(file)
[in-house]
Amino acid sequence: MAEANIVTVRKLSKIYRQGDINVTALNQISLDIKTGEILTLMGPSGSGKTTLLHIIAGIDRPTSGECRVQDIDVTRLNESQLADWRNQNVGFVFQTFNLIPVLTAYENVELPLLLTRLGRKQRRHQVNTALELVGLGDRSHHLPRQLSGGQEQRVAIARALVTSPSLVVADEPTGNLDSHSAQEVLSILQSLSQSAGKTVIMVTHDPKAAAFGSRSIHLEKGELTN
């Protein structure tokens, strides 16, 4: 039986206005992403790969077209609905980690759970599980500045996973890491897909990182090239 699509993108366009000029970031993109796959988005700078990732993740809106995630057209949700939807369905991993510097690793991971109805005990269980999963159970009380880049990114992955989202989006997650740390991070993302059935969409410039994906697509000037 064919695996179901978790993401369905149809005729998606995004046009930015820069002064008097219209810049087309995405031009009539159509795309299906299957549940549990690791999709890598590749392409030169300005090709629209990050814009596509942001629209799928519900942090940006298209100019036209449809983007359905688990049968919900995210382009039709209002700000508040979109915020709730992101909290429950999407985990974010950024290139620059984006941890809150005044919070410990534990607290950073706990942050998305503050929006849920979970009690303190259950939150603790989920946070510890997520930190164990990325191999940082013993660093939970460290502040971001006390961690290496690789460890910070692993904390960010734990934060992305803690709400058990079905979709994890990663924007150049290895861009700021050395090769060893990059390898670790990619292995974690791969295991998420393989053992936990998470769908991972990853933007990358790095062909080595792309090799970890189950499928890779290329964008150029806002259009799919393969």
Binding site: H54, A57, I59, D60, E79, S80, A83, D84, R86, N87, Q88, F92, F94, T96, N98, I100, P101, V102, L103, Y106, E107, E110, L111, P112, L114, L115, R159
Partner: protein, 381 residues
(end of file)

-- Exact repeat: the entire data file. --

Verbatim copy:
[in-house]
Amino acid sequence: MAEANIVTVRKLSKIYRQGDINVTALNQISLDIKTGEILTLMGPSGSGKTTLLHIIAGIDRPTSGECRVQDIDVTRLNESQLADWRNQNVGFVFQTFNLIPVLTAYENVELPLLLTRLGRKQRRHQVNTALELVGLGDRSHHLPRQLSGGQEQRVAIARALVTSPSLVVADEPTGNLDSHSAQEVLSILQSLSQSAGKTVIMVTHDPKAAAFGSRSIHLEKGELTN
């Protein structure tokens, strides 16, 4: 039986206005992403790969077209609905980690759970599980500045996973890491897909990182090239 699509993108366009000029970031993109796959988005700078990732993740809106995630057209949700939807369905991993510097690793991971109805005990269980999963159970009380880049990114992955989202989006997650740390991070993302059935969409410039994906697509000037 064919695996179901978790993401369905149809005729998606995004046009930015820069002064008097219209810049087309995405031009009539159509795309299906299957549940549990690791999709890598590749392409030169300005090709629209990050814009596509942001629209799928519900942090940006298209100019036209449809983007359905688990049968919900995210382009039709209002700000508040979109915020709730992101909290429950999407985990974010950024290139620059984006941890809150005044919070410990534990607290950073706990942050998305503050929006849920979970009690303190259950939150603790989920946070510890997520930190164990990325191999940082013993660093939970460290502040971001006390961690290496690789460890910070692993904390960010734990934060992305803690709400058990079905979709994890990663924007150049290895861009700021050395090769060893990059390898670790990619292995974690791969295991998420393989053992936990998470769908991972990853933007990358790095062909080595792309090799970890189950499928890779290329964008150029806002259009799919393969």
Binding site: H54, A57, I59, D60, E79, S80, A83, D84, R86, N87, Q88, F92, F94, T96, N98, I100, P101, V102, L103, Y106, E107, E110, L111, P112, L114, L115, R159
Partner: protein, 381 residues